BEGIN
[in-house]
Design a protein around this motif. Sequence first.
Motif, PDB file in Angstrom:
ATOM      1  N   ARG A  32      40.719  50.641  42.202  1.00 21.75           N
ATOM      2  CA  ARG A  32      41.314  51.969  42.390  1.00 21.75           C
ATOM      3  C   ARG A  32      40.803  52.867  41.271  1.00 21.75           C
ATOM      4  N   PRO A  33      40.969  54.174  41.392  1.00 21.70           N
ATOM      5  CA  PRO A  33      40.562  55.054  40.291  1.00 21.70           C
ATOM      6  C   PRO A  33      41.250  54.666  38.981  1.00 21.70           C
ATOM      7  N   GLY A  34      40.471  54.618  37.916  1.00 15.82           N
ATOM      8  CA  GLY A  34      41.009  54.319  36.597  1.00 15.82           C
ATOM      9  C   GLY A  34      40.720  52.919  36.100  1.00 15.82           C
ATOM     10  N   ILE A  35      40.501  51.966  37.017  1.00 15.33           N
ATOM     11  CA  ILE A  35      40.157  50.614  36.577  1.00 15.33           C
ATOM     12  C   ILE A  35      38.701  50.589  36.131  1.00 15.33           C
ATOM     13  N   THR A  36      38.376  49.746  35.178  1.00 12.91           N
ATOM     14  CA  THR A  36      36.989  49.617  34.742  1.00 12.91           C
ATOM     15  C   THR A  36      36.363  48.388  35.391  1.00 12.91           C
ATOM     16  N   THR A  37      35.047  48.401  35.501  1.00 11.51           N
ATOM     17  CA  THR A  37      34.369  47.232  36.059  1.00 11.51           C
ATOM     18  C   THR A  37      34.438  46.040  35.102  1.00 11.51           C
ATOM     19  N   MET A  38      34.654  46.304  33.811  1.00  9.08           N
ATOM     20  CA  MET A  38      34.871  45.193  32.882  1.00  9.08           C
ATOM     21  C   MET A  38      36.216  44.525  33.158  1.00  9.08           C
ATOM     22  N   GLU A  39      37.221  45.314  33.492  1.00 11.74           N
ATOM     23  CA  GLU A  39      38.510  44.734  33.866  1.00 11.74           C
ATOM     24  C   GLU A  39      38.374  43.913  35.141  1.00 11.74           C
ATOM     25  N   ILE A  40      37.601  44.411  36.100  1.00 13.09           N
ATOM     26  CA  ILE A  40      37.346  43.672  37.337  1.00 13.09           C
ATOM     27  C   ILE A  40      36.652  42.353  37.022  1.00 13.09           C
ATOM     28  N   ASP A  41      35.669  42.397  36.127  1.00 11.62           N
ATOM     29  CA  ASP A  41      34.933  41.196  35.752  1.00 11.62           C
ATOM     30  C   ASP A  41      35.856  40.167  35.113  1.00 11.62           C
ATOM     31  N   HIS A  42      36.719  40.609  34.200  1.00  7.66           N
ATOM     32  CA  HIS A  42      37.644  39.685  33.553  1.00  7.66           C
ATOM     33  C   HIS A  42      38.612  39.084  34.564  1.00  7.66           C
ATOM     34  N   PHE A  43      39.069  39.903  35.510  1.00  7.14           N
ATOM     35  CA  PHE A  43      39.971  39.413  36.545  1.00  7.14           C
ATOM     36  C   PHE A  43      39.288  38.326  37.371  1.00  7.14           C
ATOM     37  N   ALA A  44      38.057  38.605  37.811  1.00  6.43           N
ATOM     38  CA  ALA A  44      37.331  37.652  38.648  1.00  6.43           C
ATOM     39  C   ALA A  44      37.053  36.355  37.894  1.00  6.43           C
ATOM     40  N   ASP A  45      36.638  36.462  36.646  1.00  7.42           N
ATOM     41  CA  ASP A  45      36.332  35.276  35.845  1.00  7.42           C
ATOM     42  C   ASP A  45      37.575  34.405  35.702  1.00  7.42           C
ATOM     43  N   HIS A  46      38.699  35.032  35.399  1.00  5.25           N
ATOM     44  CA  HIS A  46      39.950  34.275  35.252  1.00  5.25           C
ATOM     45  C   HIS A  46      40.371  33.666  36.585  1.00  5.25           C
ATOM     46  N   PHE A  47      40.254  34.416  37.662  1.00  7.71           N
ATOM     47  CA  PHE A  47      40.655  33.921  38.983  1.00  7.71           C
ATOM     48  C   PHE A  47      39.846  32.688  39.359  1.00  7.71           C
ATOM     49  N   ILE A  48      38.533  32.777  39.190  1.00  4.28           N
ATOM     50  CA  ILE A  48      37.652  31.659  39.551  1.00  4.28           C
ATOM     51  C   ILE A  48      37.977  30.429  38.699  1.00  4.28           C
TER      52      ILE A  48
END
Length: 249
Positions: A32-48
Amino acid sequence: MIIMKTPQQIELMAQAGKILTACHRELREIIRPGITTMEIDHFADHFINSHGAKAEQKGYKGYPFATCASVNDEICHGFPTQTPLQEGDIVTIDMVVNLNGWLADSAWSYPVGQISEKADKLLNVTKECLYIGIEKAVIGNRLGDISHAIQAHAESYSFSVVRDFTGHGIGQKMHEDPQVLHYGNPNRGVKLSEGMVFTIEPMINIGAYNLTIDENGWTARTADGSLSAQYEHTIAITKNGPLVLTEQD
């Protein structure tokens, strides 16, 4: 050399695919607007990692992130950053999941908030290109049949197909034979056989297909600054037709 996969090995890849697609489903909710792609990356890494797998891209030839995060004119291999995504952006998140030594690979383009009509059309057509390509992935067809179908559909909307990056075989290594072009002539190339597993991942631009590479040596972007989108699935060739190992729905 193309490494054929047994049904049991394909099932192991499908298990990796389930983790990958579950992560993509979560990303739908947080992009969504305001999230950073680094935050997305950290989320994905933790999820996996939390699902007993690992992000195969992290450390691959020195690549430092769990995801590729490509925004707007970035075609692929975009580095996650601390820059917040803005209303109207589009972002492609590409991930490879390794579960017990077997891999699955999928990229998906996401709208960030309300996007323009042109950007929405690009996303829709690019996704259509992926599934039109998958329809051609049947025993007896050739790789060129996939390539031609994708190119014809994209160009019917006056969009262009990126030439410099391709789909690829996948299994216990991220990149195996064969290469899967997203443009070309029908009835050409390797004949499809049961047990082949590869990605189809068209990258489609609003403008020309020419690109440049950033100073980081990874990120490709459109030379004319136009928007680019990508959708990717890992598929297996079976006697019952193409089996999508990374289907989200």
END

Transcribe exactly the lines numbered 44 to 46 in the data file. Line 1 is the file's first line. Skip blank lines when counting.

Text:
ATOM     41  CA  ASP A  45      36.332  35.276  35.845  1.00  7.42           C
ATOM     42  C   ASP A  45      37.575  34.405  35.702  1.00  7.42           C
ATOM     43  N   HIS A  46      38.699  35.032  35.399  1.00  5.25           N